Here at the frontier, the leaves fall like rain. Although my neighbors are all barbarians, and you, you are a thousand miles away, there are still two cups at my table.

Ten thousand flowers in spring, the moon in autumn, a cool breeze in summer, snow in winter. If your mind isn't clouded by unnecessary things, this is the best season of your life.

~ Wu-men ~

Thursday, March 13, 2014

Performance Under Stress

It's one thing to practice in your comfort zone. It's quite another to have to perform under stress.

Below is an excerpt from an excellent article by a well known martial artist whose honesty of his short comings and sincerity in overcoming them are striking. The full article may be read here.

Stephan’s note: today I interview Burton Richardson who has spent decades researching the training methods that make martial arts techniques practical, reliable, and functional.  His approach is very applicable to street self defence, but is equally valid for anyone wanting to compete.

Burton: What is that thing? Okay, I’ll give you the brief rundown.

Basically, I was at the Inosanto Academy late at night in mid-80s. One of the guys training there named Marc Denny.  Actually he was a student of mine, I taught him private lessons in Indonesian silat amongst other things. And he was one of the senior students at the Academy.

One night he came up to me and said, “Hey, you like actually stick sparring,” as I would actually go to tournaments and compete in stick fighting with the big head gear.You’d have this giant suit on so you’re protected, along with very, very thin light sticks, big gloves, the whole thing. We need protection and all the deal.

And Marc said, “This friend of mine he likes stick fighting.” He’s somebody he met recently. And he was “Do you want to spar with him?” “Of course, yeah, sure.”

So this guy comes down. His name is Eric Knauss and he’s a big, tall guy, strong. To make the long story short he takes a big, very big, heavy rattan stick and he goes “Do you mind if we use these?”

I’m like “Oh, that’s fine.” We put on the helmet. We only have fencing helmet and hand protection I think, maybe not even knee pads, just that. That’s all.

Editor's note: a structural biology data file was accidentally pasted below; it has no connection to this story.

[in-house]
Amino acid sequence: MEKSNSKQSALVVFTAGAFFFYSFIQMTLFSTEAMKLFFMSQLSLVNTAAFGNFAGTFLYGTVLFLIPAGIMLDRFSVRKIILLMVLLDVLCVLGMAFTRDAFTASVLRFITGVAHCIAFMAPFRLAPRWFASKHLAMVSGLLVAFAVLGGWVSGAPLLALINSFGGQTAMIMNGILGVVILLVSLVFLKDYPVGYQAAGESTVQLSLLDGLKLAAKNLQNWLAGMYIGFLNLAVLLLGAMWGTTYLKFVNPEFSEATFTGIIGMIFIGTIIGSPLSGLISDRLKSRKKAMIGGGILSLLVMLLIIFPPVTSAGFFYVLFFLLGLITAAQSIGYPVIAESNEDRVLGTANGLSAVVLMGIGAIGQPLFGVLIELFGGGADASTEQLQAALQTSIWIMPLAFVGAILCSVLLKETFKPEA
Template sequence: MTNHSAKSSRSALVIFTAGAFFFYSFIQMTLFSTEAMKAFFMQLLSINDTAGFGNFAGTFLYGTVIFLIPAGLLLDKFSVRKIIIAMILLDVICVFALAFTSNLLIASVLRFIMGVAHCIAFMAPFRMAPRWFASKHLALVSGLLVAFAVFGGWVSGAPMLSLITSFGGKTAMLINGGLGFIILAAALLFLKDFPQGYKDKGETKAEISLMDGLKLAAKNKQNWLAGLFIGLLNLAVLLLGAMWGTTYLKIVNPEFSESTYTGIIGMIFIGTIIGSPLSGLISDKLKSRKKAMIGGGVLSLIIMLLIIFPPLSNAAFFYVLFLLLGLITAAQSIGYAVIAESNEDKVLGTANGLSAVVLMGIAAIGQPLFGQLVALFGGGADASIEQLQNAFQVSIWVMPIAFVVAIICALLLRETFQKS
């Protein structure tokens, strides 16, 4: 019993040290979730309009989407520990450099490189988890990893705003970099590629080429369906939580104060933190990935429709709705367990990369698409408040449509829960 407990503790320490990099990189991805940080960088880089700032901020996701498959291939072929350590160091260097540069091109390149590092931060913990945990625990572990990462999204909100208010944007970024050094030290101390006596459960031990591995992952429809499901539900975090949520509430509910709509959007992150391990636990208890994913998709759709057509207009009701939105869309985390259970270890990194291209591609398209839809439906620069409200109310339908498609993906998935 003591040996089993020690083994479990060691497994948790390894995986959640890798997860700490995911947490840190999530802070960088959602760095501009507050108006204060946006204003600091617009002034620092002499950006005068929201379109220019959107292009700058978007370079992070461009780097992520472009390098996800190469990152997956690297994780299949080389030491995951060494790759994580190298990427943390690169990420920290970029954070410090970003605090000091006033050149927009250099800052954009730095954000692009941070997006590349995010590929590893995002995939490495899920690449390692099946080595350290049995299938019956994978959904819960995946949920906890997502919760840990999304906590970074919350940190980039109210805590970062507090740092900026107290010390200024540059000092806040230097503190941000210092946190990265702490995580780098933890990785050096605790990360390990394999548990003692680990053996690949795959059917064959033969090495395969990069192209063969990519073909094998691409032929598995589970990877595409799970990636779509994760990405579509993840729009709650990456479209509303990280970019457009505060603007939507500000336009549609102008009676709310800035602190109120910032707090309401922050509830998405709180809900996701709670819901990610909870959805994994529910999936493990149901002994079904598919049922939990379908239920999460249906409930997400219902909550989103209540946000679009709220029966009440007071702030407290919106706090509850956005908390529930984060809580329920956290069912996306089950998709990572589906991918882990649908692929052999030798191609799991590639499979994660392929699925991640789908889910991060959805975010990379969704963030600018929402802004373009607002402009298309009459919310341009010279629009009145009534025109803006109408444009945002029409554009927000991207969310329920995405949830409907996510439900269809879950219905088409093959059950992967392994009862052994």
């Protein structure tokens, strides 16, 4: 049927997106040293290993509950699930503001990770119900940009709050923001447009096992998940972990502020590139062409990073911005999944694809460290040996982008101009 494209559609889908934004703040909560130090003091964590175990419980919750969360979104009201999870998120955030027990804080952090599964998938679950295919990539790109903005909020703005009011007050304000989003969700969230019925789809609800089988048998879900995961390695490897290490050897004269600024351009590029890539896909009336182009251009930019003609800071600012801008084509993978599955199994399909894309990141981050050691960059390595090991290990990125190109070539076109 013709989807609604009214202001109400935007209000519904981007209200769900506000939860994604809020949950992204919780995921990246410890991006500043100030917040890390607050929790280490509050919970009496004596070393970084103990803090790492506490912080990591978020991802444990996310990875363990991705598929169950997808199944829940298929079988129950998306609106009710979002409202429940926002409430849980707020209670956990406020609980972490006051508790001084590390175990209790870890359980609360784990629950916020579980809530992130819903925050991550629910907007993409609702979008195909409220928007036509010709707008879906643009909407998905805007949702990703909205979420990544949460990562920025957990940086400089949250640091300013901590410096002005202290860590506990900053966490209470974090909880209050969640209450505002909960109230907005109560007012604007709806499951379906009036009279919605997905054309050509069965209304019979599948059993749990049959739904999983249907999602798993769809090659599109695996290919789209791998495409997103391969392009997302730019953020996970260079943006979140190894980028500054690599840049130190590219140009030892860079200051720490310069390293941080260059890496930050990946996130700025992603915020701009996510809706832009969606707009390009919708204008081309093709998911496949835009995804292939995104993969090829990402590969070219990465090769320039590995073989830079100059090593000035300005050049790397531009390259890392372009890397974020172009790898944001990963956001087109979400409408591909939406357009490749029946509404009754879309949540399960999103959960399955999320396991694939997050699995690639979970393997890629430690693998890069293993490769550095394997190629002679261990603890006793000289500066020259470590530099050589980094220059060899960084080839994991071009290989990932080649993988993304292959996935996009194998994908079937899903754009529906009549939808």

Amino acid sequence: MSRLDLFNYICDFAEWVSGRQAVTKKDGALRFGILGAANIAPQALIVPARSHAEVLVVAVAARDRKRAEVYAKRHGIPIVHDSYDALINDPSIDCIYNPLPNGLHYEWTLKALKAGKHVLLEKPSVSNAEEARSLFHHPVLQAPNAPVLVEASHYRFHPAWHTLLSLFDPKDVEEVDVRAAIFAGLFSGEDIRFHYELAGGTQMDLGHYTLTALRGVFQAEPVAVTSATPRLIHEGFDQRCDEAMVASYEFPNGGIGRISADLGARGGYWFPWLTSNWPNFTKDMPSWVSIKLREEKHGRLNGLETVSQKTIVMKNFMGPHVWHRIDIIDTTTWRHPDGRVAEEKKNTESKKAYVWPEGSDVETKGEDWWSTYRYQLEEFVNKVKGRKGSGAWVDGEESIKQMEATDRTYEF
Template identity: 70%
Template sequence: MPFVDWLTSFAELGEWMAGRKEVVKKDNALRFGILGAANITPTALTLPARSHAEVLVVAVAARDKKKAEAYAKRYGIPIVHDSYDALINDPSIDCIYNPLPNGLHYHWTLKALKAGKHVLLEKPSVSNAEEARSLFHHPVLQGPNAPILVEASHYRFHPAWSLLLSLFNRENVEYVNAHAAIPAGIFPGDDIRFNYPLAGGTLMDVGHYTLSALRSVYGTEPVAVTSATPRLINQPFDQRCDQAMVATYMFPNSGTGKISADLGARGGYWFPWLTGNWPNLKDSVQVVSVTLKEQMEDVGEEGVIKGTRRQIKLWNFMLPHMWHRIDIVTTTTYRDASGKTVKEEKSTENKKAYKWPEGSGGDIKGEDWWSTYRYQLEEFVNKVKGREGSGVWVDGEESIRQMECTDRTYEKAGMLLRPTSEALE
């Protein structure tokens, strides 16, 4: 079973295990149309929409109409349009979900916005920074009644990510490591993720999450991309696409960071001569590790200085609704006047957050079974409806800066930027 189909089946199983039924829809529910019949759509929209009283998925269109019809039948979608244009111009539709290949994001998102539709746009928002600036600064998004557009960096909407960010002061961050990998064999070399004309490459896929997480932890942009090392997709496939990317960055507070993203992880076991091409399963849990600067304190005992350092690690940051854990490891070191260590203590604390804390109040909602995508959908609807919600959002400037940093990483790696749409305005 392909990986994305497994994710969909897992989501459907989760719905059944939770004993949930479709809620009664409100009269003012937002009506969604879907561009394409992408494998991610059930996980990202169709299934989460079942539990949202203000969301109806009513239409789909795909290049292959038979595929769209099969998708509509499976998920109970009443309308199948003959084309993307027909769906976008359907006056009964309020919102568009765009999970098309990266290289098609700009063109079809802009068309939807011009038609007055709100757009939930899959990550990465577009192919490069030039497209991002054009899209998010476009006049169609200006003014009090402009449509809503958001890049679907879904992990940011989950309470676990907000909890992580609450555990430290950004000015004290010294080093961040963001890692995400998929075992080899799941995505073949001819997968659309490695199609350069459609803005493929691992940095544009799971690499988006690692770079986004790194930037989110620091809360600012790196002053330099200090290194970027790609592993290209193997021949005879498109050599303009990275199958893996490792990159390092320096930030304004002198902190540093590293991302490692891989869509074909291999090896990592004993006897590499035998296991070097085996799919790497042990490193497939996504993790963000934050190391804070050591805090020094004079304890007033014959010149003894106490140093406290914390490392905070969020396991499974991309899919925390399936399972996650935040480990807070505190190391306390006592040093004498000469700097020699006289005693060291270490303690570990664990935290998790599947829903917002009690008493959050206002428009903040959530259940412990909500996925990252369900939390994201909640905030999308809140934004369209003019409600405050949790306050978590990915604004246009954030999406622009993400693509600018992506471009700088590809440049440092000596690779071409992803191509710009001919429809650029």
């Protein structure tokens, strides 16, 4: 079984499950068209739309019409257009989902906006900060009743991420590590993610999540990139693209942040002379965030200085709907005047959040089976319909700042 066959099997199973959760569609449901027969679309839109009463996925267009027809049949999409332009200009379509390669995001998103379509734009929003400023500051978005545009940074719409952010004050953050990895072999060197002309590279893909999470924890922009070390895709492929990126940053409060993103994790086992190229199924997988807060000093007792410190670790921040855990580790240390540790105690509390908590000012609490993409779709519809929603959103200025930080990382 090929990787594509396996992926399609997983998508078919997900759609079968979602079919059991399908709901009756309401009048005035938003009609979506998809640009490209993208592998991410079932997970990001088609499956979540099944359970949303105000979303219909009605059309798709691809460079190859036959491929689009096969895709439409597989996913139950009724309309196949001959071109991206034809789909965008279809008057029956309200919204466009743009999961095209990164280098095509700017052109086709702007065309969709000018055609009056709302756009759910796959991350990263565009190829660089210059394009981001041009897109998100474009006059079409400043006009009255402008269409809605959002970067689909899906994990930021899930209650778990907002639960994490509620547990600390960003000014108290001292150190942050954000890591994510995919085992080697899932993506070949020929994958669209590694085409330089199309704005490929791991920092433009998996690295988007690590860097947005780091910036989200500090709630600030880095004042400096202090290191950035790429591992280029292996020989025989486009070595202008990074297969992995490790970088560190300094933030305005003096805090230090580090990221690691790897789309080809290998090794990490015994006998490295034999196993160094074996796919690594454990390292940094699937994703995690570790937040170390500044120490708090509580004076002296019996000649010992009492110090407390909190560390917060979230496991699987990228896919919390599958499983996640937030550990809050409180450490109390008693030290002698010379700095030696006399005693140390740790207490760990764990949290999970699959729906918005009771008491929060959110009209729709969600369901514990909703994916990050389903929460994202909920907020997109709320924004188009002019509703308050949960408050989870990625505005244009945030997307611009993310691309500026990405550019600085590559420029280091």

I figured because we had no protection that we were going to go really, really light especially because these sticks are so big and heavy because, gosh, you could kill somebody with those things. So we started and he just tried to take my head off.  Like swinging so incredibly hard trying to take my head off.

And I found out that night that all I was doing was to block his shots. I just had nothing going. Under that kind of pressure, that kind of fear of actually getting your knee blown out or arm broken or getting knocked out , I just didn’t have anything  there even though I was an instructor and supposedly really good at this art.

So that started a big evolution. And I just want to talk about that a little more later. But the idea was to go in and try it out. This guy, Eric, who is just an amazing stick fighter, after doing Filipino martial arts for years and years, his question – which was brilliant – was “What actually happens when guys really fight for real and hit as hard as they can especially with not much protection so you’re afraid of getting hit? What actually happens then?” So he went and tested it like a scientist.

I had been doing drills and drills and drills and cool techniques and impressing everybody and all that, but that type of training was more reality. So that helped really change my focus.

Stephan: So the elements of pressure and fear were added, that showed you that you needed to train in a different way, and that you needed to test it in a different way?

Burton: What happened after that first night, my mind was racing the whole drive home that night. It just did not compute. I have been doing Filipino martial arts for many, many years and I had a reputation as being a very, very good practitioner of it.

And you go from this environment where you think everything you know you can do – “You can do this. I can do everything.”

And then you get to this thing where like, “woah, I couldn’t do.” The only thing I could do is block and also when he tried to smash me in the knee I was able to move my leg out of the way; fortunately

I had done enough sparring where we just hit at the hand or hit at the leg. I had practiced that, moving my leg, so I had some good defense there. So luckily I didn’t get beaten up but I just was lost basically. I was just totally defensive and just had that “deer in the headlights” sort of feeling.

So over the years I found out that the first thing is that you have to be able to function under that kind of pressure.

Look at jiu-jitsu, which I love of course – I’m coming up on 20 years doing jiu-jitsu – it’s one thing to do jiu-jitsu.  But when you add striking, especially hard striking when the other guy is really trying to hit you hard and you don’t have protection, then it’s a whole other thing.  Now there’s not the fear of losing or getting your guard passed or getting submitted – there’s the fear of physical damage and that’s whole another level.